May 22, 2023
By Eleanor Grimes, senior regulatory specialist, Supply Chain Team, UL Solutions
On April 28, 2023, the EU released an updated draft to the EC 648/2004 Detergent Regulations. This update addresses weaknesses highlighted in the 2019 review, which noted that there was room to improve clarity and the complexity caused by the existing labelling requirements, in particular allowing for novel tools for communication such as digital labels. The 2019 review was then built on in 2022 when the EU Commission’s work program identified further areas for improvement. In particular, this program highlighted weaknesses with how the Detergents regulation addresses new market developments and causes significant overlap and duplication with the CLP regulation.
Changes are detailed throughout the regulation resulting in a significant potential overhaul of the Detergent regulations, and anyone manufacturing, importing, or supplying detergents in the EU will be affected.
The definition of detergent has been updated. It was based on the original 2004 definition and has been clarified to allow for the inclusion of new products such as those that contain micro-organisms. The requirements for products containing micro-organisms (microbial cleaners) are detailed in Annex II, including properties of the strain used and the minimum shelf life of the product.
In the original 2004 regulation, manufacturers were required to be within the EU, but the draft proposes that a manufacturer can be located outside of the EU as long as an EU-based authorized representative has been appointed. The authorized representative is appointed by a written mandate from the manufacturer, and this mandate allows the representative to verify the product passport and keep it along with other technical documentation for 10 years after the product was last placed on the market. They can then cooperate with the local authority as appropriate and demonstrate that the product conforms with the regulation.
The majority of the labelling requirements detailed in the 2004 regulation remain, but it does introduce the inclusion of the CE conformity mark and the possibility of using a digital label. This is fully detailed in articles 14-17 and annexes IV and V of the draft regulation. These cover what information is to be included and on what type of label, and also requirements associated with how the digital label is to be made available.
Finally, there is the introduction of the product passport. This replaces, but is similar to the original ingredient data sheets in the current 2004 legislation and the declaration of conformity set out in Decision 768/2008/EC. The product passport is connected to the product via a unique identifier and this reference of the product passport must be included in a Commission central registry that will be set up under the eco-design for sustainable products regulation. This new information must be presented at customs as the product is exported around the EU.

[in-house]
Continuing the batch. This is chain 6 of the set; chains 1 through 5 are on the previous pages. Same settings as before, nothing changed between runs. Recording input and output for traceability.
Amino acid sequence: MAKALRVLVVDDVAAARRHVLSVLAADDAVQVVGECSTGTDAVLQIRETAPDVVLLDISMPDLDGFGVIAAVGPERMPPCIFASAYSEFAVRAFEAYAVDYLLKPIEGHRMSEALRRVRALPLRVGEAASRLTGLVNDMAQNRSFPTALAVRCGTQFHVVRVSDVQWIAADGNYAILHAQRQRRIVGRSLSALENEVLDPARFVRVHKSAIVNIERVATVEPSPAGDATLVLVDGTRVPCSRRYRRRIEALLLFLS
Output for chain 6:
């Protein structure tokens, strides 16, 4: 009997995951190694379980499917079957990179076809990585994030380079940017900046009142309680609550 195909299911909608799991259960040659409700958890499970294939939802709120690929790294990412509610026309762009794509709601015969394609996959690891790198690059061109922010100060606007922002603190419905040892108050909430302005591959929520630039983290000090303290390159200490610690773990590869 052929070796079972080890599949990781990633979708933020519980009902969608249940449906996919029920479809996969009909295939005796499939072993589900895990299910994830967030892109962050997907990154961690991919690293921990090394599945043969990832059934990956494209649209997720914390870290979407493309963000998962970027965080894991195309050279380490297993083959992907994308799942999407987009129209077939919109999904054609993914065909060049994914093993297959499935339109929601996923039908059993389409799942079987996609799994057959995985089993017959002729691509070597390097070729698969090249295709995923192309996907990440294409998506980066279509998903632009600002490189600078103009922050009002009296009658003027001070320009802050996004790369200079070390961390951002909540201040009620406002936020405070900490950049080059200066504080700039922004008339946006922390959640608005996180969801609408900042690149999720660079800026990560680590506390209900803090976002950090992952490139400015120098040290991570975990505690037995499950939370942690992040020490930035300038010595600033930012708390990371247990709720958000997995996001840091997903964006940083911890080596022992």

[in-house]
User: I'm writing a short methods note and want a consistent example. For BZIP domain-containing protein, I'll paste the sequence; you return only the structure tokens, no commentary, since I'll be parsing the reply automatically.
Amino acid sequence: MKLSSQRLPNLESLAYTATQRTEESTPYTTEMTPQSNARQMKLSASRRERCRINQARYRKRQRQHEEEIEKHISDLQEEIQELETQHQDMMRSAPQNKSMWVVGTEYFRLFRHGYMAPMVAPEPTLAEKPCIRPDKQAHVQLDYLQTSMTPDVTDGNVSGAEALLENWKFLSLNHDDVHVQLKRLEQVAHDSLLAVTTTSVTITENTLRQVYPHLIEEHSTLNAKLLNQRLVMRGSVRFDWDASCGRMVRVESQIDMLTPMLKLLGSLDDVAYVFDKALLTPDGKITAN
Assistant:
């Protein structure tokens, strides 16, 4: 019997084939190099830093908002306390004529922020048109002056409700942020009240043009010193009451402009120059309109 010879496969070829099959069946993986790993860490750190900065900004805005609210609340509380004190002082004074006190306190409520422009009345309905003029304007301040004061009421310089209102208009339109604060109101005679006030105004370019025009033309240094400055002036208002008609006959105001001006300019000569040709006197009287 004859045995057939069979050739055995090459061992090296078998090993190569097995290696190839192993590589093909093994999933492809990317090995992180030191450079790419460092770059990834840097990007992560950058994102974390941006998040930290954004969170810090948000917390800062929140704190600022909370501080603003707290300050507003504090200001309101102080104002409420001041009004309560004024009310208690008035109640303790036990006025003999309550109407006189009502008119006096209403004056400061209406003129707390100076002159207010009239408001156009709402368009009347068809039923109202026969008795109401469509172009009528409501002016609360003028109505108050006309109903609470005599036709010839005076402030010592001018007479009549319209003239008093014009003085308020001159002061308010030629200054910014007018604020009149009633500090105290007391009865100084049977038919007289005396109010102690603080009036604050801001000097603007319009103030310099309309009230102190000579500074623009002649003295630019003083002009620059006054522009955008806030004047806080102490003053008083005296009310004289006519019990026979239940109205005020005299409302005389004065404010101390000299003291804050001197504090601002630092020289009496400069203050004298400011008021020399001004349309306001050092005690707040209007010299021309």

The product passport shall include the following information:
- The unique product identifier.
- The name, the address of the manufacturer or the manufacturer’s authorized representative as well the manufacturer’s unique operator identifier.
- The identification of detergent or surfactant allowing traceability, including a color image.
- The commodity code under which the detergent or surfactant is classified at the moment the product passport is created, as set out in Council Regulation (EEC) No 2658/874.
- References to Union legal acts that the detergent or surfactant complies with.
- A full list of substances intentionally added in the detergent or surfactant and of preservatives labelled in accordance with part A, using the International Nomenclature of Cosmetic Ingredients, or where it is not available, the European Pharmacopoeia name and, when also the latter is not available, the common chemical name or International Union of Pure and Applied Chemists name.
For further details, please see articles 18-21 and annex VI of the draft regulation.
Currently all of these changes are still in draft form, therefore, it is not recommended that anyone amends the way their detergent products are being handled. However, it is recommended that anyone manufacturing, importing or supplying detergent products, including those with micro-organisms, keep an eye on this amendment and either provide feedback when applicable or prepare to abide by the regulation once a final version has been published.
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